New research from McKinsey has revealed that, while semiconductor companies around the world are making significant progress towards sustainability, further commitment is needed in order to reach net zero. Without concerted effort, the 1.5 degrees Celsius goal by 2030 is a pipe dream.
This was highlighted at the 2022 Climate Change conference – COP27 – where semiconductor sustainability was high on the agenda. We’ve also seen the establishment of the Semiconductor Climate Consortium (SCC): 60 likeminded specialists seeking to standardise sustainability within the industry.
It‘s self-explanatory that increasing demand for semiconductors will drive up emissions from production. So, what can be done to avoid this?
The key lies in understanding the importance of implementing sustainable methods of chip manufacturing, focusing on the energy efficiency of the device in which the chip resides.
That requires AI at the edge – the Artificial Intelligence of Things (AIoT).
How AI can contribute to sustainability in the semiconductor industry
The AIoT is the point of convergence between AI, the ability to understand data or stimuli in a more sophisticated way than standard devices; and the IoT, the capacity of electronics and machinery to ‘speak’ to one another, sharing data and instructions. This combination enables previously impossible features for everyday devices that can offer creative, unique solutions to sustainability.
For example, an ordinary smart speaker may use 10 watts of power daily in listening out for keywords while on standby. But a device with the right AI has plenty of tricks, such as AI imaging capable of determining human presence. If no human presence is detected, the speaker could then decide not to switch on its ‘ears’ – using minimal power to understand its environment, rather than maintaining an always-on model.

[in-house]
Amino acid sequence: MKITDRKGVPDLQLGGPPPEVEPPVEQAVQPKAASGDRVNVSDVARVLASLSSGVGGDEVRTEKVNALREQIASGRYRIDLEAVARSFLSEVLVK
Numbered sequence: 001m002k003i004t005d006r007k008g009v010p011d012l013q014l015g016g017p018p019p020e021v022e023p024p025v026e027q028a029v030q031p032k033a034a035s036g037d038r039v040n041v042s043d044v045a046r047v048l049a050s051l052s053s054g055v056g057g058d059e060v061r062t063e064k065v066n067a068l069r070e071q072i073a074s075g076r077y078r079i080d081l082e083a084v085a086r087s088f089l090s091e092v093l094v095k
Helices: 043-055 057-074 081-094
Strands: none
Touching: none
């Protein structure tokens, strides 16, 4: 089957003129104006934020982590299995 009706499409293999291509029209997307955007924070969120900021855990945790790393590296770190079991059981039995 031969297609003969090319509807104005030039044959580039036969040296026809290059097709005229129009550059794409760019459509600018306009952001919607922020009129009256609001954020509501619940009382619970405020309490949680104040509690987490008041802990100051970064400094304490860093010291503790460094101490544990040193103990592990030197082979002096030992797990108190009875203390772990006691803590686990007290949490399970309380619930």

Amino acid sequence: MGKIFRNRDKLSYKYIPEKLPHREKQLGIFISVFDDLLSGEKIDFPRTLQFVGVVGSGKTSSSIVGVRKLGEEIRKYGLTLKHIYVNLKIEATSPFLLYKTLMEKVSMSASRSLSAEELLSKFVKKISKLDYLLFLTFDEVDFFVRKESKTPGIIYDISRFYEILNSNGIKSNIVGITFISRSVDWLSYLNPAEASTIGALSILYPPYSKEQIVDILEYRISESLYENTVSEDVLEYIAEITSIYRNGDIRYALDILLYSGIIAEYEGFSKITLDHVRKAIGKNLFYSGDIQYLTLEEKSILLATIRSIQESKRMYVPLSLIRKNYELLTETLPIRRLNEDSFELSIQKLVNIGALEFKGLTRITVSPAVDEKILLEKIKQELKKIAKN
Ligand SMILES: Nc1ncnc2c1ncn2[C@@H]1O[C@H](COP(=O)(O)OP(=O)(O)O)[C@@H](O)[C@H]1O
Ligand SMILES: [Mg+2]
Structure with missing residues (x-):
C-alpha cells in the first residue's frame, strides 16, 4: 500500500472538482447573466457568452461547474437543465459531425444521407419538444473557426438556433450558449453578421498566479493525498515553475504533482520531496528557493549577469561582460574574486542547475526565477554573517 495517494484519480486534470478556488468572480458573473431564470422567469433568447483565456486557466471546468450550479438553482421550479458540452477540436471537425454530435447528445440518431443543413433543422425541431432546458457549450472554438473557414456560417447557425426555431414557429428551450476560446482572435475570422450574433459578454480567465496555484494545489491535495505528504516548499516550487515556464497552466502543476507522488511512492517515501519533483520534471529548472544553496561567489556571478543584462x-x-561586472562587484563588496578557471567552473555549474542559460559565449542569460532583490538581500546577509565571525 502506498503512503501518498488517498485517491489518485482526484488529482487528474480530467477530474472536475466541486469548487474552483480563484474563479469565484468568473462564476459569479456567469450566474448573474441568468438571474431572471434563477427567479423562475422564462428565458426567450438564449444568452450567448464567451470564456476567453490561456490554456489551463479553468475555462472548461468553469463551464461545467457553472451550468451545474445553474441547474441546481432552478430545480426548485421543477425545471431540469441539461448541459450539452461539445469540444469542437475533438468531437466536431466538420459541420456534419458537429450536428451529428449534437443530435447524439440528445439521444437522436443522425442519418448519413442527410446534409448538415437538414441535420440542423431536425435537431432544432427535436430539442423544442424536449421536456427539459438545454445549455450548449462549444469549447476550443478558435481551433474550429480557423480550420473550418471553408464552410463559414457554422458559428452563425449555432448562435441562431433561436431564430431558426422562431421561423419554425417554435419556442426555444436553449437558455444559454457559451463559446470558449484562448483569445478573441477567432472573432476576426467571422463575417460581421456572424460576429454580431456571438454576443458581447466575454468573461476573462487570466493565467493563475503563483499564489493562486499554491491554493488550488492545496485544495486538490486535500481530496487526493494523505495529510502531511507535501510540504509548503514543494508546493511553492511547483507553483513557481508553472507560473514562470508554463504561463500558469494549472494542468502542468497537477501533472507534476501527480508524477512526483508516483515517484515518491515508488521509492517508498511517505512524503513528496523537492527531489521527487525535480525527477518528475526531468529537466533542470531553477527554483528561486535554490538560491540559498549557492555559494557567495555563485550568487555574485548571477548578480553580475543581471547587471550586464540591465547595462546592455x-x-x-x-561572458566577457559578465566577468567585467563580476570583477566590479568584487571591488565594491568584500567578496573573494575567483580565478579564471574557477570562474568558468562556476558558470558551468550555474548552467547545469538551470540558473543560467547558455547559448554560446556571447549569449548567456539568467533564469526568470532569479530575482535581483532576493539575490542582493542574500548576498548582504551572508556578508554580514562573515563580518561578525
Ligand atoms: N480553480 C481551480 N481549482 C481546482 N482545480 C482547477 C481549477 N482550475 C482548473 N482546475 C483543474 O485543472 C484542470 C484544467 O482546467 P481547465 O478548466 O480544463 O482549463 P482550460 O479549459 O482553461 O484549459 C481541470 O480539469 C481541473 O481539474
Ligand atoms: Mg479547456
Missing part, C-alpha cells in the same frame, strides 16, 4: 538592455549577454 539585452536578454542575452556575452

If every household electronic was to integrate AIoT functionality, the reduction in global carbon emissions would be exponential. Pushing this technology should be a focus in the short-to medium term if we are to achieve optimum semiconductor sustainability at some point down the line.
However, the failure to utilise AI to the fullest extent is only part of the problem. As this is only actionable once the production is complete, we also need to focus on opportunities for sustainability in the manufacturing stage.
Opportunities to identify in the manufacturing stage
According to research from McKinsey, 35% of emissions at a semiconductor factory are caused by process gasses with high global warming potential. This alarming figure combined with pollution caused by other areas of manufacturing, such as the extraction of raw materials and the transporting of finished goods, is obviously a concern.
A good way to start implementing sustainable methods is carrying out an audit of the supply chain. This will allow the company to point their engineers to the areas that need improving the most.
Furthermore, designing sustainability into the device itself is a great effort in reducing electronic waste. Research by Accenture reveals that if a company was to implement remanufacturing, repairing, and refurbishing while manufacturing electronic devices, they would see a 16% increase in operating profits, an 80% reduction in material losses and a 45% reduction in carbon emissions.
Responsible design of the device can make the chip a positive contributor to the health of the environment. Overall, increased sustainability in chip production and deploying these chips into devices that are designed with energy efficiency in mind is the way to go.
But the first big success for sustainability in the semiconductor scene would be the widespread knowledge of the potential that is held by those in the industry.
COP27 was an eye opener for many and undoubtedly will have set a good number of semiconductor companies on the correct path. With a light being shone on how players in this industry can contribute to a greener planet, let’s hope that COP28 will be proof for the world that the semiconductor industry has turned over a new leaf.